Hong Kong’s tax authorities do much to ensure that the tax system of Hong Kong operates in the intended manner. Without their crucial contribution, Hong Kong’s carefully crafted tax system which has attracted many business owners would certainly fall into complete disarray.
The taxation system of Hong Kong is territorially based. This means that all taxes which are imposed in Hong Kong are not levied with regard to location. This fact applies to individuals and companies alike. The Hong Kong tax system is administered by the Inland Revenue Department (IRD) according to the details which have been specified in Inland Revenue Ordinance.
The total amount of taxes collected in Hong Kong’s tax collection for the financial year of 2017-2018 was HK$328.6 billion which represented an increase of 13.2% from the previous year’s revenue collection.
All the taxation matters involving individual and corporate tax alike in Hong Kong are governed by the Inland Revenue Ordinance and its subsidiary legislation, the Inland Revenue Rules. The Stamp Duty Ordinance and Estate Duty Ordinance are also part of Hong Kong’s many tax laws. They are responsible for governing the stamp duty and estate duty respectively.
The Tax Authorities of Hong Kong Hong Kong’s many different tax authorities work together in order to make the country’s tax system as effective and efficient as possible. The most important of these tax authorities is the IRD. The primary purpose of the IRD is to maximize the amount of revenue which is collected by reducing the costs involved when collecting taxes as well as improving the efficiency of tax collection. The IRD is also tasked with improving the level of tax compliance in Hong Kong through the rigorous enforcement of tax compliance laws. Another important duty undertaken by the IRD is that of conducting programs about the importance of being a law-abiding and a tax compliant citizen. Such programs are intended to educate the general public about these important matters. The Commissioner of Inland Revenue also performs many different duties regarding the holding of statutory appointments. The Commissioner also oversees the collection of stamp revenue and estate duty commissions, is also responsible for betting duty, the Inland Revenue Ordinance, and hotel and accommodation taxes including taxes involved in the business registration process.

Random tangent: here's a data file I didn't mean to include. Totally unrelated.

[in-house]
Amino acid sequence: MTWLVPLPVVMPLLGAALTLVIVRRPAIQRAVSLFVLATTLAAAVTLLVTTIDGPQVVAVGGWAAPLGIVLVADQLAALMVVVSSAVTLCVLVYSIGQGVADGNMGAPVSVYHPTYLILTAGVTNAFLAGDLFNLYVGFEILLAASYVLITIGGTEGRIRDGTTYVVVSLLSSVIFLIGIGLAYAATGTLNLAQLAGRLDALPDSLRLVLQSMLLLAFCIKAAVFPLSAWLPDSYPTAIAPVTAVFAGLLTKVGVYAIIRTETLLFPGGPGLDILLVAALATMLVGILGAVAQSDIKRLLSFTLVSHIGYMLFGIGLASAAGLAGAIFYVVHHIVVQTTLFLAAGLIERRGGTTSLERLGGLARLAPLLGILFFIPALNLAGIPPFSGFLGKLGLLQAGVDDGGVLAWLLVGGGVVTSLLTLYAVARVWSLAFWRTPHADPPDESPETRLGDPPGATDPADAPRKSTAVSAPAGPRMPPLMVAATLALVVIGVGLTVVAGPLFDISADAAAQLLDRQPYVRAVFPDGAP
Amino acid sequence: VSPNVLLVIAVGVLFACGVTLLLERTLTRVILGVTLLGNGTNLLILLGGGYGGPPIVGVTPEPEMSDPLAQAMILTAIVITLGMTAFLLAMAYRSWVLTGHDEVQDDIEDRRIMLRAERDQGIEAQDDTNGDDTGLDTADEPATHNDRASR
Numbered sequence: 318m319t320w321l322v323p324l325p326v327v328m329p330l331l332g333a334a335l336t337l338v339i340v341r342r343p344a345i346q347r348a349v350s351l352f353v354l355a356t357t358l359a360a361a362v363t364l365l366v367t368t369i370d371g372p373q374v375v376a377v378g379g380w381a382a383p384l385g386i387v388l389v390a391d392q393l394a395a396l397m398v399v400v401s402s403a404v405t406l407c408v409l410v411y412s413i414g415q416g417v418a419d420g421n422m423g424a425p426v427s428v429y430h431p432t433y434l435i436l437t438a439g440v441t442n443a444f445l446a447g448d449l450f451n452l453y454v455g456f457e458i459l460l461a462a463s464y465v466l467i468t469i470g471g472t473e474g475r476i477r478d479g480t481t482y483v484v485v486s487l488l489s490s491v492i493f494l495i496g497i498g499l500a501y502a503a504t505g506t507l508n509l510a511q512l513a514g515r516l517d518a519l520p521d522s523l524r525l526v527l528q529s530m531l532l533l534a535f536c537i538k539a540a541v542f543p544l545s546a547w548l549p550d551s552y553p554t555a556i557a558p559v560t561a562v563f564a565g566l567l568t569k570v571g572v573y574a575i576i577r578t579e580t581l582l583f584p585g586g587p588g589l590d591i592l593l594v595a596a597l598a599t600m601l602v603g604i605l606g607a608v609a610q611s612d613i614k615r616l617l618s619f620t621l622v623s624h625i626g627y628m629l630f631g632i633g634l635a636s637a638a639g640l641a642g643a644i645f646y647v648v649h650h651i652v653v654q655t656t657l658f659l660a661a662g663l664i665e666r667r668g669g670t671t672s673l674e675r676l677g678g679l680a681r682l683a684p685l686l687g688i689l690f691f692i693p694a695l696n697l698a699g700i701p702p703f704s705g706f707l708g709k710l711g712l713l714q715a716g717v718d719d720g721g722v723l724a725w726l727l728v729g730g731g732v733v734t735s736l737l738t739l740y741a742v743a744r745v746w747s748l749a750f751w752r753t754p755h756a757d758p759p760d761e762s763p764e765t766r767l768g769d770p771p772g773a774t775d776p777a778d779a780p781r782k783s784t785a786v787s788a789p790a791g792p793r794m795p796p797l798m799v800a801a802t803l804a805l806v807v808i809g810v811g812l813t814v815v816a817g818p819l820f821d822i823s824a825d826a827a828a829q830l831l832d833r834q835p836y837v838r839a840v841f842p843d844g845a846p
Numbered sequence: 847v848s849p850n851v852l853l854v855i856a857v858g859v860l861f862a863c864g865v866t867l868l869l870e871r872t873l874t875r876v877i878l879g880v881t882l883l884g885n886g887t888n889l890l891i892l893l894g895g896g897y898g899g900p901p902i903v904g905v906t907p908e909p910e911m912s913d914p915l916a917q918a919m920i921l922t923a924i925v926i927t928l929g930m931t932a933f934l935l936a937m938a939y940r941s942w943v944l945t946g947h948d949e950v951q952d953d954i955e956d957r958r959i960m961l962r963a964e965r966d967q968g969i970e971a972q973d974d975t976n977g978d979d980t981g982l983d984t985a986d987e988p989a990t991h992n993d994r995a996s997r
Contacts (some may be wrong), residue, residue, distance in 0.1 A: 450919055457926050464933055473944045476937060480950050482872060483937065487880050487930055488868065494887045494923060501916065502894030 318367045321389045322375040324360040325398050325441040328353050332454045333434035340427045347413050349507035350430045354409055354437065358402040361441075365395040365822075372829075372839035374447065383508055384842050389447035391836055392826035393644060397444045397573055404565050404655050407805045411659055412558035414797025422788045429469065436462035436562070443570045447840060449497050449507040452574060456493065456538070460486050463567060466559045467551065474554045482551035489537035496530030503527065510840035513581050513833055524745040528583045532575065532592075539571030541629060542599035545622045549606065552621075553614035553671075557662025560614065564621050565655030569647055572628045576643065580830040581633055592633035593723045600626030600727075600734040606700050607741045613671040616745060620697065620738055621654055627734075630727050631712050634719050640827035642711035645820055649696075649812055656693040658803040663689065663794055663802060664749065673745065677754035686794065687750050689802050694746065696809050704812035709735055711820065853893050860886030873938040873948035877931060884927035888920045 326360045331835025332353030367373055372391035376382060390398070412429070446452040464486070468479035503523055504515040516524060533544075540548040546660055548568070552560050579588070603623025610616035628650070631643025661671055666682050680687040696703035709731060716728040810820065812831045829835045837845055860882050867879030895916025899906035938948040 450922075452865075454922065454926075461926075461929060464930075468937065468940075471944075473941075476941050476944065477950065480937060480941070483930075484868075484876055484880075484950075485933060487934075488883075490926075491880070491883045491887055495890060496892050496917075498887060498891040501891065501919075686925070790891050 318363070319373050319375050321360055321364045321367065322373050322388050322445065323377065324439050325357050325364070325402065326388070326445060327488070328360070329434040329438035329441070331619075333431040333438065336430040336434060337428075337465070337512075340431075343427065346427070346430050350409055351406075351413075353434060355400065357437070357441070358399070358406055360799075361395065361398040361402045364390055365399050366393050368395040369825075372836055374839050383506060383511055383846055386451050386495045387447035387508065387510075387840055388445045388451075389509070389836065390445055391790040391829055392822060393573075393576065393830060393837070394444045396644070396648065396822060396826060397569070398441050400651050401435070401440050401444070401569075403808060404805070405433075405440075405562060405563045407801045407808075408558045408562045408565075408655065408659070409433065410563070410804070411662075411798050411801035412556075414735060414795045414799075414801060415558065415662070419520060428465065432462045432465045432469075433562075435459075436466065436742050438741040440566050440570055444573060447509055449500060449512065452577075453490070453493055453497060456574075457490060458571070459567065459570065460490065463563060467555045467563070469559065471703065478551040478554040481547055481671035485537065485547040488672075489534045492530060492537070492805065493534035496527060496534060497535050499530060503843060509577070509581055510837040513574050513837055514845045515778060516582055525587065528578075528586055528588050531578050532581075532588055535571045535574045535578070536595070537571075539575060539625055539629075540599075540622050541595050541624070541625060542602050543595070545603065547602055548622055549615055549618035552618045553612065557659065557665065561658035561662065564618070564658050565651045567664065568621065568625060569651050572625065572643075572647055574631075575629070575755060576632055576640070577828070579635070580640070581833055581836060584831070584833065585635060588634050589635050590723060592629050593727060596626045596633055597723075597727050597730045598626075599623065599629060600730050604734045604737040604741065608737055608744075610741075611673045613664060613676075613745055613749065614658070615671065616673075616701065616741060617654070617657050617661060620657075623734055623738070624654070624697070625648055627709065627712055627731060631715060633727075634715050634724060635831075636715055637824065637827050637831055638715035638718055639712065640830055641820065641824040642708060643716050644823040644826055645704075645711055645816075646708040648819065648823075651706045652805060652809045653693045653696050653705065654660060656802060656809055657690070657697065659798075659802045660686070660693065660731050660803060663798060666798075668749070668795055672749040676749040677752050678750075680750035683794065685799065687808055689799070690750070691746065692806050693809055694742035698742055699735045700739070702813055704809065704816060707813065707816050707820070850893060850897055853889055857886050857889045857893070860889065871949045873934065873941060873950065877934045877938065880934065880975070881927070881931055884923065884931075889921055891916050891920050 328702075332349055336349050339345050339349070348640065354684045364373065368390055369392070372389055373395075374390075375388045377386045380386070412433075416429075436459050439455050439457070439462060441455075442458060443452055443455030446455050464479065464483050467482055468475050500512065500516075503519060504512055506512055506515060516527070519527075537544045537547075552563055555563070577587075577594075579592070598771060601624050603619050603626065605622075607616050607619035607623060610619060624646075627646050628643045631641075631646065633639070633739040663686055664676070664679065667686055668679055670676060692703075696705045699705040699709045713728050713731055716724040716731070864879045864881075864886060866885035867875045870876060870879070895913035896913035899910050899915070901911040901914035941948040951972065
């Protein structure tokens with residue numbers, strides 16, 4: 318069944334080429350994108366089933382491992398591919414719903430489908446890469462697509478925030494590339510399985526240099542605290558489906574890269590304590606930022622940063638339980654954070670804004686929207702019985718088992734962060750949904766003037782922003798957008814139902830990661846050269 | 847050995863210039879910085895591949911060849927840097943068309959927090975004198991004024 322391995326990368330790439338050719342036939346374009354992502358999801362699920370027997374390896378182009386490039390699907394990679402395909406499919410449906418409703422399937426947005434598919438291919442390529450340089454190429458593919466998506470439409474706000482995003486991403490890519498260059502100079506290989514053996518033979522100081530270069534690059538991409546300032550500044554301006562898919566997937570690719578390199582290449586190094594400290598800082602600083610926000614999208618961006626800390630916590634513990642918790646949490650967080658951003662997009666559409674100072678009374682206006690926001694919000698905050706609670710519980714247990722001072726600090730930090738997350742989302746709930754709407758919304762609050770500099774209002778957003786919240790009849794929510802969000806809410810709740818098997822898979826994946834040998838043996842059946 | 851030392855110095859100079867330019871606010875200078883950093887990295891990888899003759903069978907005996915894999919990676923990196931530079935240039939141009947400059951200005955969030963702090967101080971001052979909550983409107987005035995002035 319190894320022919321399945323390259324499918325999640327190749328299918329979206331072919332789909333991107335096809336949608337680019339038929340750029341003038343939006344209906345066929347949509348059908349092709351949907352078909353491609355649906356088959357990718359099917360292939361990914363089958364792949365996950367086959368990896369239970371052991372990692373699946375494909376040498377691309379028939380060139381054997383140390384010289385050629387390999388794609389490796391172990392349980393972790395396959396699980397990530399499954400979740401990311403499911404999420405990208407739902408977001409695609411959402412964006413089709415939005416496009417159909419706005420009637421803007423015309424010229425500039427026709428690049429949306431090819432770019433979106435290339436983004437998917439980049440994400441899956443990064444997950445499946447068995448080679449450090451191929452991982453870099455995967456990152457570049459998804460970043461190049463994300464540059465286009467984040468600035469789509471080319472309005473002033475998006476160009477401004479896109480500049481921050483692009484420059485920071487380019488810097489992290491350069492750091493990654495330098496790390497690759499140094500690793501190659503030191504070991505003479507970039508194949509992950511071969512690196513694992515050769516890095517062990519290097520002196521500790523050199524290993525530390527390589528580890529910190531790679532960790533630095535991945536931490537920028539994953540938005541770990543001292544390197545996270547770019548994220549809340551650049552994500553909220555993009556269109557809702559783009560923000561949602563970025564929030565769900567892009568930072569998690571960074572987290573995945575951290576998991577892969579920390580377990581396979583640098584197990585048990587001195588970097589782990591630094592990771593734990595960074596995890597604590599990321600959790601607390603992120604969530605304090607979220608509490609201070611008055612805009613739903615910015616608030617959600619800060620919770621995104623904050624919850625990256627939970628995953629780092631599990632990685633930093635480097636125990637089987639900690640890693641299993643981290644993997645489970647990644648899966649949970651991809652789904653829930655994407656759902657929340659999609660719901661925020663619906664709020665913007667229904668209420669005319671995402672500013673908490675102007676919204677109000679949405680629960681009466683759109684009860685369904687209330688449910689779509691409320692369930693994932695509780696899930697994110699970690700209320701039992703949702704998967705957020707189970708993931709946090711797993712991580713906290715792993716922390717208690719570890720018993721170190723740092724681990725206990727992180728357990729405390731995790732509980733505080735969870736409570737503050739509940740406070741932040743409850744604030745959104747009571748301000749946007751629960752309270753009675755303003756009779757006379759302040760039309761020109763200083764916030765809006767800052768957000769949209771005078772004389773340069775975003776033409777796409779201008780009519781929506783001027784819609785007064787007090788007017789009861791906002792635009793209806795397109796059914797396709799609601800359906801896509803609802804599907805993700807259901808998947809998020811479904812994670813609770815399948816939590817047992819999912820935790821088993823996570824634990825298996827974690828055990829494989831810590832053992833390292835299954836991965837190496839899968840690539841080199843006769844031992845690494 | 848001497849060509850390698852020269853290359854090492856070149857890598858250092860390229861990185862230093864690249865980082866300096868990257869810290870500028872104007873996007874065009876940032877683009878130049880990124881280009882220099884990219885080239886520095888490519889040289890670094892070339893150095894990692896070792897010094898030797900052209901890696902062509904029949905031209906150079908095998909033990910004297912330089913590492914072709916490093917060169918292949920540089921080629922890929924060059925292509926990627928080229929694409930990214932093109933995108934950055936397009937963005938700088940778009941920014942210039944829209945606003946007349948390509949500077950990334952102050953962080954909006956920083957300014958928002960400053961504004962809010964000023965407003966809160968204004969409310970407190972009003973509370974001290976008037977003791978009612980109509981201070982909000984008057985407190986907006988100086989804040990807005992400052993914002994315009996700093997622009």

Laws Which Are Enforced by Hong Kong’s Tax Authorities
Hong Kong’s tax authorities enforce many different tax laws. Some of the laws that are enforced by the Hong Kong’s authority include those related to tax losses. Such tax losses can only be carried forward; they may not be carried backwards to previous years. There are also several other important tax laws which are enforced by Hong Kong’s tax authorities.
Transfers of shares
Sales of capital assets in Hong Kong are not subject to profits tax. Similarly, foreign sellers of shares will not have any profits tax imposed upon them. However, a transfer of stocks in Hong Kong is subject to a stamp duty rate of 0.2%. To be more specific, the vendor and purchaser both have a tax rate of 0.1% imposed on them.
According to the tax laws of Hong Kong, the net income of a company includes the following: profits which have been obtained through the conducting of business activities in Hong Kong, royalties gained from intellectual property rights, rent which has been collected through the leasing of movable properties, interest which has been derived from income, refunds from contributions such as those made to retirement scheme benefits, gains from bills of exchange, and any forms of financial assistance from external funding sources including subsidies and grants are classified as net income. All net income of a company is to be taxed by the tax authorities of Hong Kong.
Laws on Deductible Allowances